"The Filipina" by Sylvia Mayuga

from Insight Guide: Philippines

The smiling, swinging figure of today's Filipina emerged from a chequered history. Walking the world as nurse and beauty queen, scholar and chambermaid, career girl, torch singer and roving ambassador, her origins can well be traced -- far into the misty beginnings of her native land -- to a long line of priestesses.

It is no longer well remembered, but the majority of the Philippines' early tribes relied on the woman to perform their most sacred rites. Catalonan to the Tagalog, baliana to the Bicolano, managanito to the Pangasinense, babaylan to the Bisaya, the priestess healed with herbs, exorcised the devil-possessed and, receiving spirits in trance, guided her tribe through crucial junctures of communal life.

At times, the catalonan or babaylan was male. If so, he had to perform his functions in priestesses' robes, with simulated feminine voice and gestures, almost as if the gods would not speak to men without the ruse.

There is no cause for wonder, then, that women furiously fought the European's coming. Feeling the cornerstone of tribal life threatened, priestesses of Cagayan, Pangasinan and the Visayas let out one long wail of incantation against the conqueror. As Catholic missionaries cursed them for being agents of the devil, the priestesses moved their tribes to poison the cowled strangers, burn their altars, and all else failing, flee to thick forest and higher ground.

The Filipina who stayed behind to be Christianized proved to be the colonist's delight. A most malleable creature, she traded and parlayed with the white man, often helping him pacify warlike neighboring tribes. Here began the special relationship between friar and Filipina.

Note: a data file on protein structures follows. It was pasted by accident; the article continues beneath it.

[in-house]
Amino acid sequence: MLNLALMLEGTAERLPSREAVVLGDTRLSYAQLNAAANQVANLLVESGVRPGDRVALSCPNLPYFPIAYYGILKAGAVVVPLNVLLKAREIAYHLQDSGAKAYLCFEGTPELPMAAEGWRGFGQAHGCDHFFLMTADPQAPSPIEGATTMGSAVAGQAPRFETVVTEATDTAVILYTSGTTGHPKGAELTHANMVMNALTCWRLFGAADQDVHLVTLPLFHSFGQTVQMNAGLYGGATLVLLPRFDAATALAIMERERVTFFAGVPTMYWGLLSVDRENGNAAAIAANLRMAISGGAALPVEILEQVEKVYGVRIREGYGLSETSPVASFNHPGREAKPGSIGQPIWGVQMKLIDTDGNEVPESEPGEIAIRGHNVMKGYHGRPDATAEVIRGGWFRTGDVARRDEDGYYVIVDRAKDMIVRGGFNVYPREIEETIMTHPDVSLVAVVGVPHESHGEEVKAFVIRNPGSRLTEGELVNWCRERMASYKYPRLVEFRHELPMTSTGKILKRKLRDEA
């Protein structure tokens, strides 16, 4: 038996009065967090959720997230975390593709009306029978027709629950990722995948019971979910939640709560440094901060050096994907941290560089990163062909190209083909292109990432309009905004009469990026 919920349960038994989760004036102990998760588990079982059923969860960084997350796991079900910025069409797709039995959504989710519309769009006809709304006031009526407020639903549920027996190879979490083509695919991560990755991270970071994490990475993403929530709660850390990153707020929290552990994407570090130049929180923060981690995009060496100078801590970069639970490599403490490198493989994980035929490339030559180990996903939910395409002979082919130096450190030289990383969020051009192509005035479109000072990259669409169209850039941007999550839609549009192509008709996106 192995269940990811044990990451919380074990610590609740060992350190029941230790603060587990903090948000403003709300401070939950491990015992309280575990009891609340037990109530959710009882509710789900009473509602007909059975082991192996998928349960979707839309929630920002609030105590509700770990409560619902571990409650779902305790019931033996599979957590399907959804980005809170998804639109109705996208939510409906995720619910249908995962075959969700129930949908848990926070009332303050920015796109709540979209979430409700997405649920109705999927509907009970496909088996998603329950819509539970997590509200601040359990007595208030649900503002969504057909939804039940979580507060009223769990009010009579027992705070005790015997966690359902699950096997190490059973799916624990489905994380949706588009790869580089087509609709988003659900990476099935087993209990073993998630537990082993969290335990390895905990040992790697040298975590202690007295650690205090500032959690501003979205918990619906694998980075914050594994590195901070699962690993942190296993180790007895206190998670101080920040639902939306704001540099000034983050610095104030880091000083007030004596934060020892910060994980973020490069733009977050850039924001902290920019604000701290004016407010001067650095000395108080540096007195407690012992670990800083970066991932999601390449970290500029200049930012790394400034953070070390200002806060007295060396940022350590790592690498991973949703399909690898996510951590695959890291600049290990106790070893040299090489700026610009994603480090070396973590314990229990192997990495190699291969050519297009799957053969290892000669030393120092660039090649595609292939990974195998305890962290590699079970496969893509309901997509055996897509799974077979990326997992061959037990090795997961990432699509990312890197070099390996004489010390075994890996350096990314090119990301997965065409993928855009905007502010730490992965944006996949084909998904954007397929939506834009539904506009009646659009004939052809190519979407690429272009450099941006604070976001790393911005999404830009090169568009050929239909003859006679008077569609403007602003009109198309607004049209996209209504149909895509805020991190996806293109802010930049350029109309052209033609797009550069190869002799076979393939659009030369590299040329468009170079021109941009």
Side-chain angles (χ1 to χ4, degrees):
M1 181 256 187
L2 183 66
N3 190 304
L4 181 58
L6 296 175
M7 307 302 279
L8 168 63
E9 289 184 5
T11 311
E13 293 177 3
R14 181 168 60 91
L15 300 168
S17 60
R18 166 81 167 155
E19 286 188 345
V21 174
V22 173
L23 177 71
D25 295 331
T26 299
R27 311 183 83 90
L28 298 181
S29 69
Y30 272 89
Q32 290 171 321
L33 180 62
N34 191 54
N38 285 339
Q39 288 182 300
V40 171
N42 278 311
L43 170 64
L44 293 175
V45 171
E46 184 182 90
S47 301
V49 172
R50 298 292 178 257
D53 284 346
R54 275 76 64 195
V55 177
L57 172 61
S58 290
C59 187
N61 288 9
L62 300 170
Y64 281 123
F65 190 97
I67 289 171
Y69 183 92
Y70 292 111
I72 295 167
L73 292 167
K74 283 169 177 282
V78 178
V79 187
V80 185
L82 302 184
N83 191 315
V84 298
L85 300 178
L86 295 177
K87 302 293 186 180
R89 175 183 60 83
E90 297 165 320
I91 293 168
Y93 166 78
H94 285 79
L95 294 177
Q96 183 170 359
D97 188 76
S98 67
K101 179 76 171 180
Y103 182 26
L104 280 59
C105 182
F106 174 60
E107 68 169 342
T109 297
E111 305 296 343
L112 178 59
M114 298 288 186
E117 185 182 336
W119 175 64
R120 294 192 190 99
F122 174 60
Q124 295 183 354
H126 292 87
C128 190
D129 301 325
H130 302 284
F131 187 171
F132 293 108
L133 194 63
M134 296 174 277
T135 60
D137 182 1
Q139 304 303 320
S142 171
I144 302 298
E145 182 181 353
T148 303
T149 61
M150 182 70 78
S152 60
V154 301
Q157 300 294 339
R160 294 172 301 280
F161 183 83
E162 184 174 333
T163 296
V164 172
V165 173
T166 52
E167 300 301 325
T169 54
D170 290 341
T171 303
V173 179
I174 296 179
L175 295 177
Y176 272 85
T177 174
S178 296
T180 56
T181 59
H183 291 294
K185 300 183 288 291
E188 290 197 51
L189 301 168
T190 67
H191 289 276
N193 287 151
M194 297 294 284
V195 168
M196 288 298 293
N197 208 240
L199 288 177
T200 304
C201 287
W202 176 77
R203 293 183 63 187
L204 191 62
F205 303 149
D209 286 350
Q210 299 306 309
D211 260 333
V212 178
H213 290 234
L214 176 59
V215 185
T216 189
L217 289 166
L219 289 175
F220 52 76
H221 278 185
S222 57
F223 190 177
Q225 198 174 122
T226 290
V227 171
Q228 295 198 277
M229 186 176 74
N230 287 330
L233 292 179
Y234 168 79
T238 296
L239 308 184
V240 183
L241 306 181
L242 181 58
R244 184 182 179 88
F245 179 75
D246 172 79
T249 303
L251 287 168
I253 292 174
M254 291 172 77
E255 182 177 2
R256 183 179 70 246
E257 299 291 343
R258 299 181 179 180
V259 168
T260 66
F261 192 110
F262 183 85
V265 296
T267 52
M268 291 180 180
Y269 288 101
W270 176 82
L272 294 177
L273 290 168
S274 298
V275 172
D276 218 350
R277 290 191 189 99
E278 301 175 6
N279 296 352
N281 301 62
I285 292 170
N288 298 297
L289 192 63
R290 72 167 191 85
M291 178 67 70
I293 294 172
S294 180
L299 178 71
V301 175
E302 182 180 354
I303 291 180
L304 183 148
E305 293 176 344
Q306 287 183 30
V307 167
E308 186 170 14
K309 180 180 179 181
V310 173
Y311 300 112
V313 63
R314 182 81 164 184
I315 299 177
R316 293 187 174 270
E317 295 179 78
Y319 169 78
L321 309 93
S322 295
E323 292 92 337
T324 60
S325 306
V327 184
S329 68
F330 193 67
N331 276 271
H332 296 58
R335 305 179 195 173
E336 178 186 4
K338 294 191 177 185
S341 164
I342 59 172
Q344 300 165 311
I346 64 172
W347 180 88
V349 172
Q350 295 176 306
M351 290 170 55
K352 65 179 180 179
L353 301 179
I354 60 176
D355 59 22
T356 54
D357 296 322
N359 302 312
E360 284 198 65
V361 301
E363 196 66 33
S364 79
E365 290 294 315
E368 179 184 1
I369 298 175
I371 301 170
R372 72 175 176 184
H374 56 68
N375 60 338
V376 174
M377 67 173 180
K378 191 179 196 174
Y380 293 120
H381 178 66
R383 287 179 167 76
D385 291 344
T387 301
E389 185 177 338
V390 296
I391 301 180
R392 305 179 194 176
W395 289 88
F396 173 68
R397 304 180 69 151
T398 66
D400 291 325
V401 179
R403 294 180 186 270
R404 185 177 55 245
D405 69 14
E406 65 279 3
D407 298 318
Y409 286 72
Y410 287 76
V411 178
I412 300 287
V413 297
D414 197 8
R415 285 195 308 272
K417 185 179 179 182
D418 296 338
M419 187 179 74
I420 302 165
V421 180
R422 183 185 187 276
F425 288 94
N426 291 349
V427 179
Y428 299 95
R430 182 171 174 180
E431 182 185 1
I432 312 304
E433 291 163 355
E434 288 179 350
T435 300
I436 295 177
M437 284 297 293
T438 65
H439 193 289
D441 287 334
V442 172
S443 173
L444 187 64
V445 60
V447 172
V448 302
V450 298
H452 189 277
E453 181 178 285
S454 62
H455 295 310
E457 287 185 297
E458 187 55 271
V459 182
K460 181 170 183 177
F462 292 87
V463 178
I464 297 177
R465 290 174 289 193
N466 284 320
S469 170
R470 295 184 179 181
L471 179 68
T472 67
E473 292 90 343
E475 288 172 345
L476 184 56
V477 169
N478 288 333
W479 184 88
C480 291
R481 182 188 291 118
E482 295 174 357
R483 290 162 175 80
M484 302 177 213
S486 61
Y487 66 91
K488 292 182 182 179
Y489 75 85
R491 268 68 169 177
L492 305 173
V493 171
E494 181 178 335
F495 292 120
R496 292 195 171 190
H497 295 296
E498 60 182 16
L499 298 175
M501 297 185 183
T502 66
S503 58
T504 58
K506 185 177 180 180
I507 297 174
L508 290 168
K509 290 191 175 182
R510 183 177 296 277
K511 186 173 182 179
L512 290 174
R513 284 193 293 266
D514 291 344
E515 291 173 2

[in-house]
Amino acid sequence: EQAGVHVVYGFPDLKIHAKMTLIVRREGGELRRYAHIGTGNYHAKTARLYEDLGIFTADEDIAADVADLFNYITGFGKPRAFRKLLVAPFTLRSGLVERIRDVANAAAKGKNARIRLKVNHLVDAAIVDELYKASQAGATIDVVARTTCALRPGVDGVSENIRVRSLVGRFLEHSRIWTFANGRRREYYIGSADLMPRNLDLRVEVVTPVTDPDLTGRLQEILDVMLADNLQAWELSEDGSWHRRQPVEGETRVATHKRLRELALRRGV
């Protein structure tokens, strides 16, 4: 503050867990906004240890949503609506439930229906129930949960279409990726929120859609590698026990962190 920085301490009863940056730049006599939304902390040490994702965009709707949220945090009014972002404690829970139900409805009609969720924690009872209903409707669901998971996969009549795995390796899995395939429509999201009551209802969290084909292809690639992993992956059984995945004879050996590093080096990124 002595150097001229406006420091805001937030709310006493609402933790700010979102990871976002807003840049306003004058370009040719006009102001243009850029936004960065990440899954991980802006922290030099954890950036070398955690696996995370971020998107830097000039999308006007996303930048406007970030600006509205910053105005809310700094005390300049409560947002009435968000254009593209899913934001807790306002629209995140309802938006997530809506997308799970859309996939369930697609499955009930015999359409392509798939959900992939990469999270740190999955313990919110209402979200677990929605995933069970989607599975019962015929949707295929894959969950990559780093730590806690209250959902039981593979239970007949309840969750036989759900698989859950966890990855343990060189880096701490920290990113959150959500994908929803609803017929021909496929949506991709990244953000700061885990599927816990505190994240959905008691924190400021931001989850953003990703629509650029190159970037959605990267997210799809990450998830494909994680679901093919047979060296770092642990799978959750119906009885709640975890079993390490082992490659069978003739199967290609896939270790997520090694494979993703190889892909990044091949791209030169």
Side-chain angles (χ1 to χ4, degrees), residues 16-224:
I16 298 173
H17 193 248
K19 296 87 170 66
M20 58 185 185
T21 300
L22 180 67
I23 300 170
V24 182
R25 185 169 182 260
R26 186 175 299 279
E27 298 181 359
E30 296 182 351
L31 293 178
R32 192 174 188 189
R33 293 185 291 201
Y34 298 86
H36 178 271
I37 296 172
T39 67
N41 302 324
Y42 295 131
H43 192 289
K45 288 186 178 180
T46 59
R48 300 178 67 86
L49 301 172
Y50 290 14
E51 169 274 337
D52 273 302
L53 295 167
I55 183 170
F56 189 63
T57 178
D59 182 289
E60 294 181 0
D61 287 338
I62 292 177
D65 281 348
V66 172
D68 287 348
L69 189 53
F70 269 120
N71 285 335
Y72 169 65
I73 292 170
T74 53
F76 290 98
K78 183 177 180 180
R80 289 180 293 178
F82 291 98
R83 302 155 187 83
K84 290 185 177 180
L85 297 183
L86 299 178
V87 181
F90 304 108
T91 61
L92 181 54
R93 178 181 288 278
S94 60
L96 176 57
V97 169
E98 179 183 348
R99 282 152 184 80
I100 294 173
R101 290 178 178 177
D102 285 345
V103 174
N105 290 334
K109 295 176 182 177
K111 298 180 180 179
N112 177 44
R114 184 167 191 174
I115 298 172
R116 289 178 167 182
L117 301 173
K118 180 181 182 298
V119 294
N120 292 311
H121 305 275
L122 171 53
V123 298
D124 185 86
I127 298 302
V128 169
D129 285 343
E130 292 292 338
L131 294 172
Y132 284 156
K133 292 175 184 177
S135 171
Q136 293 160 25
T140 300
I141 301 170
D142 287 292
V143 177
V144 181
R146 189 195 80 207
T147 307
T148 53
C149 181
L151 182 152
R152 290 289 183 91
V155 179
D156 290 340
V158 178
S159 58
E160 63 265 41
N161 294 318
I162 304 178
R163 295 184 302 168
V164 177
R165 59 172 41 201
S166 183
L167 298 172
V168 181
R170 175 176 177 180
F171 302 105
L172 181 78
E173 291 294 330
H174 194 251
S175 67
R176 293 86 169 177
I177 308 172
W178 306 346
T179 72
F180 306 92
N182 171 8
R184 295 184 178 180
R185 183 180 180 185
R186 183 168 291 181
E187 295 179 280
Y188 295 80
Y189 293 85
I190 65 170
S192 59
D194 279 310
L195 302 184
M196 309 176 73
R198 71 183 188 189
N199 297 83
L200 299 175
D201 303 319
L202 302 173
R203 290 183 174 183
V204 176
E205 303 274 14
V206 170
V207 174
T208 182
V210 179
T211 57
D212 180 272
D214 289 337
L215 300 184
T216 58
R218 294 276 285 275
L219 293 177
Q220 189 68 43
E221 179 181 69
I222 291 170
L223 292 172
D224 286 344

Once daughter and consort to proud, free men, she became an adopted waif to be melted in the Castilian mold. The friar who was a father figure to whole villages fancied her a naive child, tenderheartedly teaching her his alphabet. He gave her only enough to keep her serving and worshipful, withholding higher education from her eager grasp until as late as the 19th century.

Christian fervor: The fervor withwhich she once worshiped nature and ancestral spirits was rechanneled now to Christian piety. She said endless rosaries, put flowers prettily on the altar, sang songs to the Virgin as she walked, a holy fertility queen, in Maytime processions. A cheerful presence around God's house, she embroidered vestments, cooked and cleaned for her friar-father.

Bound now and "saved" from former joyous abandon to life, the solemn young thing with all her thoughts on chastity became a tempting morsel. Over and over again, and much to her trauma, the Filipina was seduced by her good father in sacristy and confessional, in dim quarters of stone convents over the still siesta hour. There are no statistics, but today's third generation after the Spanish counts many grandparents who are mestizo anak pare,"friar bastards."

These indiscretions caused a subtle fissure in tribal life. Friar children, though illegitimate, enjoyed a slightly higher status as Castilian progeny. In the care of mothers worshiping at altars full of fair-haired saints with blue and green eyes, the anak pare aroused new visions of beauty. To be white became the object of many a silent prayer for the next generation. To find a rich, handsome Spaniard to marry became the goal for which many daughters were whipped when they played too long in the sun. The hang-up against a suntan lasts to this day.

The effect on the Filipino male was devastating. Battered by forced labor and exorbitant taxes, he found his status even more galling when wife or daughter was raped by a powerful Spaniard. There was no recourse, except perhaps in drink, and many a young Filipina grew up only to be torn between her own longing for a better life and her father's wounded and festering pride.